Creates a new HTML::SimpleParse object. Optionally takes one argument, a string containing some HTML with which to initialize the object. If you give it a non-empty string, the HTML will be parsed into a tree and ready for outputting.

    Can also take a list of attributes, such as

     $p = new HTML::SimpleParse( $some_html, 'fix_case' => -1);

    See the "parse_args()" method below for an explanation of this attribute.

  • text

     $text = $p->text;
     $p->text( $new_text );

    Get or set the contents of the HTML to be parsed.

  • tree

     foreach ($p->tree) { ... }

    Returns a list of all the nodes in the tree, in case you want to step through them manually or something. Each node in the tree is an anonymous hash with (at least) three data members, $node->{type} (is this a comment, a start tag, an end tag, etc.), $node->{content} (all the text between the angle brackets, verbatim), and $node->{offset} (number of bytes from the beginning of the string).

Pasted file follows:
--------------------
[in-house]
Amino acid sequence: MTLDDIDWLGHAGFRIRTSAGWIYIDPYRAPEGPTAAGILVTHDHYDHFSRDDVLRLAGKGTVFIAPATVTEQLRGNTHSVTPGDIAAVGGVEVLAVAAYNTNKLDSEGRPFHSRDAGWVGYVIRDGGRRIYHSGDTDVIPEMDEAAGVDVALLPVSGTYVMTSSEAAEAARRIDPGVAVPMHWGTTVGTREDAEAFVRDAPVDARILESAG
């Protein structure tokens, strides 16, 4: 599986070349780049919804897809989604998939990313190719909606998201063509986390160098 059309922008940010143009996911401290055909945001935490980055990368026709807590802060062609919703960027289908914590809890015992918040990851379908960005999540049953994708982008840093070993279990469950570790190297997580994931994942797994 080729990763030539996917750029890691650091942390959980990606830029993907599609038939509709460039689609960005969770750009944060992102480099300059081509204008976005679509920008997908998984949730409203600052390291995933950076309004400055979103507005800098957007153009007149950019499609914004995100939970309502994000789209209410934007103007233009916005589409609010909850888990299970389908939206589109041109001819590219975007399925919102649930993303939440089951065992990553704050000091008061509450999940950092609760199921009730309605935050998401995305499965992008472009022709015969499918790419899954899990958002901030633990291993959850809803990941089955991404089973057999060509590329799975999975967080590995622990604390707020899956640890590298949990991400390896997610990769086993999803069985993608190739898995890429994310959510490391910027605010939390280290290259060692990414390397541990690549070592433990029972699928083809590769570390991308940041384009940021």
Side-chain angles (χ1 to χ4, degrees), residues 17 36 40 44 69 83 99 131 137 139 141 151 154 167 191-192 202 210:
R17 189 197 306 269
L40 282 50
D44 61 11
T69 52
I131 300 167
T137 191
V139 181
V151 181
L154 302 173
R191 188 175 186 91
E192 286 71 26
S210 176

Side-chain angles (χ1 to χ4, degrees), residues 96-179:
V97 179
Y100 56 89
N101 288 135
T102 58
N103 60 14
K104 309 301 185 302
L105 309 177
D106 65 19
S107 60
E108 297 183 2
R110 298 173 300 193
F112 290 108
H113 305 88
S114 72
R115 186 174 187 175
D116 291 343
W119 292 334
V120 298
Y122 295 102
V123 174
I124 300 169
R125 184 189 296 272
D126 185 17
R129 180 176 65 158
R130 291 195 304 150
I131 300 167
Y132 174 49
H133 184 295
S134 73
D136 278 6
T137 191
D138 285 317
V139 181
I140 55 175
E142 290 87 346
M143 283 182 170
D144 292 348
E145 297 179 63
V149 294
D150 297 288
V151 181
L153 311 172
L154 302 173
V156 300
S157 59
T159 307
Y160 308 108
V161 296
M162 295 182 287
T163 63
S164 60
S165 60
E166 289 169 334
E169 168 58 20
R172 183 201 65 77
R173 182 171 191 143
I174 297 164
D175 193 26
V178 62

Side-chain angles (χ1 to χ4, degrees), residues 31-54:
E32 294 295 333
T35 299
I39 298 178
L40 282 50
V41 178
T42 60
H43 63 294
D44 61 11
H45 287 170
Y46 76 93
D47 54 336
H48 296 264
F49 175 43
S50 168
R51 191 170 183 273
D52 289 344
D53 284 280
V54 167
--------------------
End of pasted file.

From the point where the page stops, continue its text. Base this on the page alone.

The possible values of $node->{type} are "text", "starttag", "endtag", "ssi", and "markup".

  • parse


    Once an object has been initialized with some text, call $p->parse and a tree will be created. After the tree is created, you can call $p->output. If you feed some text to the new() method, parse will be called automatically during your object's construction.

  • parse_args

     %hash = $p->parse_args( $arg_string );

    This routine is handy for parsing the contents of an HTML tag into key=value pairs. For instance:

      $text = 'type=checkbox checked name=flavor value="chocolate or strawberry"';
      %hash = $p->parse_args( $text );
      # %hash is ( TYPE=>'checkbox', CHECKED=>undef, NAME=>'flavor',
      #            VALUE=>'chocolate or strawberry' )

    Note that the position of the last m//g search on the string (the value returned by Perl's pos() function) will be altered by the parse_args function, so make sure you take that into account if (in the above example) you do "$text =~ m/something/g".